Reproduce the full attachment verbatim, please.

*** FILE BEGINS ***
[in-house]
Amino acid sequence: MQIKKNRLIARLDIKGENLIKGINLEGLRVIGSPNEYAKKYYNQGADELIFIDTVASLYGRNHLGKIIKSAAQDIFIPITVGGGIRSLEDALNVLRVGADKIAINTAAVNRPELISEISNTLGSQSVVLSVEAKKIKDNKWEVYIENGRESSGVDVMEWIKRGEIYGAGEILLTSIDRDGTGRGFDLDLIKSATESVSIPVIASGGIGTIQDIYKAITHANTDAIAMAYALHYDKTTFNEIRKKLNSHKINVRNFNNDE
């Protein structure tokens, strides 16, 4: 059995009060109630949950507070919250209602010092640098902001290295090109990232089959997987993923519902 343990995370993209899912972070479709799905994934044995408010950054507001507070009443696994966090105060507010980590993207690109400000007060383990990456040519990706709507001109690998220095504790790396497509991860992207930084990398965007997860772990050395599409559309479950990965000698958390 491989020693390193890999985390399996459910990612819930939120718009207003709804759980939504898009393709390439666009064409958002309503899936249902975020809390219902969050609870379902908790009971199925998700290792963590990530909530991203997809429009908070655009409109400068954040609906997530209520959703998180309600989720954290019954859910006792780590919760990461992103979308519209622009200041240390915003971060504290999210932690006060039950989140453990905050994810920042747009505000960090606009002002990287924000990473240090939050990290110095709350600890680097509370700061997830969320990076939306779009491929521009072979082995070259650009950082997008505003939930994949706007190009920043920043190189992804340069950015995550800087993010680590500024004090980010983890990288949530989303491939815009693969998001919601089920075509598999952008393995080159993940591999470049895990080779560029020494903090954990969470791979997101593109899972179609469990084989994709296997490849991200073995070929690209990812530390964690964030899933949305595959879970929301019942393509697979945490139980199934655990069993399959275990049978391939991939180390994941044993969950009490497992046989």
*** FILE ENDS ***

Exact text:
[in-house]
Amino acid sequence: MQIKKNRLIARLDIKGENLIKGINLEGLRVIGSPNEYAKKYYNQGADELIFIDTVASLYGRNHLGKIIKSAAQDIFIPITVGGGIRSLEDALNVLRVGADKIAINTAAVNRPELISEISNTLGSQSVVLSVEAKKIKDNKWEVYIENGRESSGVDVMEWIKRGEIYGAGEILLTSIDRDGTGRGFDLDLIKSATESVSIPVIASGGIGTIQDIYKAITHANTDAIAMAYALHYDKTTFNEIRKKLNSHKINVRNFNNDE
């Protein structure tokens, strides 16, 4: 059995009060109630949950507070919250209602010092640098902001290295090109990232089959997987993923519902 343990995370993209899912972070479709799905994934044995408010950054507001507070009443696994966090105060507010980590993207690109400000007060383990990456040519990706709507001109690998220095504790790396497509991860992207930084990398965007997860772990050395599409559309479950990965000698958390 491989020693390193890999985390399996459910990612819930939120718009207003709804759980939504898009393709390439666009064409958002309503899936249902975020809390219902969050609870379902908790009971199925998700290792963590990530909530991203997809429009908070655009409109400068954040609906997530209520959703998180309600989720954290019954859910006792780590919760990461992103979308519209622009200041240390915003971060504290999210932690006060039950989140453990905050994810920042747009505000960090606009002002990287924000990473240090939050990290110095709350600890680097509370700061997830969320990076939306779009491929521009072979082995070259650009950082997008505003939930994949706007190009920043920043190189992804340069950015995550800087993010680590500024004090980010983890990288949530989303491939815009693969998001919601089920075509598999952008393995080159993940591999470049895990080779560029020494903090954990969470791979997101593109899972179609469990084989994709296997490849991200073995070929690209990812530390964690964030899933949305595959879970929301019942393509697979945490139980199934655990069993399959275990049978391939991939180390994941044993969950009490497992046989």